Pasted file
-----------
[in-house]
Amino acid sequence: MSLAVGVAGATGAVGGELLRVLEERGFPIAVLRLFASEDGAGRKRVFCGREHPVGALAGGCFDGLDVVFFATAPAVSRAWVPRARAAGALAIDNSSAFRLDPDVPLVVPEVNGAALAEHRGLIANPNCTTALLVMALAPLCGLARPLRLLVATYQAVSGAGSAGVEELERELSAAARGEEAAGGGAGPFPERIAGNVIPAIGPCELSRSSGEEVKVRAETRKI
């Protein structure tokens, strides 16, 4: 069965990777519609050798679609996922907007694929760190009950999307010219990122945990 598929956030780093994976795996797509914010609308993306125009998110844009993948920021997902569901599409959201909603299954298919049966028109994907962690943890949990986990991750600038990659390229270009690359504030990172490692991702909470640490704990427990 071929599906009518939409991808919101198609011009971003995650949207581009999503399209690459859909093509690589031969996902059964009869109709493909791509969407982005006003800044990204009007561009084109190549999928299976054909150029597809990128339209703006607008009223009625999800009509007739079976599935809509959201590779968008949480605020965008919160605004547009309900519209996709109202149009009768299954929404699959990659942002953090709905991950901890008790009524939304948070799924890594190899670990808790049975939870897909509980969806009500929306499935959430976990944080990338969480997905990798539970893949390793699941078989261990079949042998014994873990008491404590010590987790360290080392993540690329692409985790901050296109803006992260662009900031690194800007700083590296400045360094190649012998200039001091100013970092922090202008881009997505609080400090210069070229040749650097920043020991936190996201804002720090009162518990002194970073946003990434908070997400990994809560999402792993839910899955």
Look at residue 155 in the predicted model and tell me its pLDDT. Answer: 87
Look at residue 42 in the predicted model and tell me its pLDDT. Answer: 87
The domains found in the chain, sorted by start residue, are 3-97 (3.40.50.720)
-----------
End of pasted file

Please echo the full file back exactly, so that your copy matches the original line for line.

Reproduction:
[in-house]
Amino acid sequence: MSLAVGVAGATGAVGGELLRVLEERGFPIAVLRLFASEDGAGRKRVFCGREHPVGALAGGCFDGLDVVFFATAPAVSRAWVPRARAAGALAIDNSSAFRLDPDVPLVVPEVNGAALAEHRGLIANPNCTTALLVMALAPLCGLARPLRLLVATYQAVSGAGSAGVEELERELSAAARGEEAAGGGAGPFPERIAGNVIPAIGPCELSRSSGEEVKVRAETRKI
């Protein structure tokens, strides 16, 4: 069965990777519609050798679609996922907007694929760190009950999307010219990122945990 598929956030780093994976795996797509914010609308993306125009998110844009993948920021997902569901599409959201909603299954298919049966028109994907962690943890949990986990991750600038990659390229270009690359504030990172490692991702909470640490704990427990 071929599906009518939409991808919101198609011009971003995650949207581009999503399209690459859909093509690589031969996902059964009869109709493909791509969407982005006003800044990204009007561009084109190549999928299976054909150029597809990128339209703006607008009223009625999800009509007739079976599935809509959201590779968008949480605020965008919160605004547009309900519209996709109202149009009768299954929404699959990659942002953090709905991950901890008790009524939304948070799924890594190899670990808790049975939870897909509980969806009500929306499935959430976990944080990338969480997905990798539970893949390793699941078989261990079949042998014994873990008491404590010590987790360290080392993540690329692409985790901050296109803006992260662009900031690194800007700083590296400045360094190649012998200039001091100013970092922090202008881009997505609080400090210069070229040749650097920043020991936190996201804002720090009162518990002194970073946003990434908070997400990994809560999402792993839910899955």
Look at residue 155 in the predicted model and tell me its pLDDT. Answer: 87
Look at residue 42 in the predicted model and tell me its pLDDT. Answer: 87
The domains found in the chain, sorted by start residue, are 3-97 (3.40.50.720)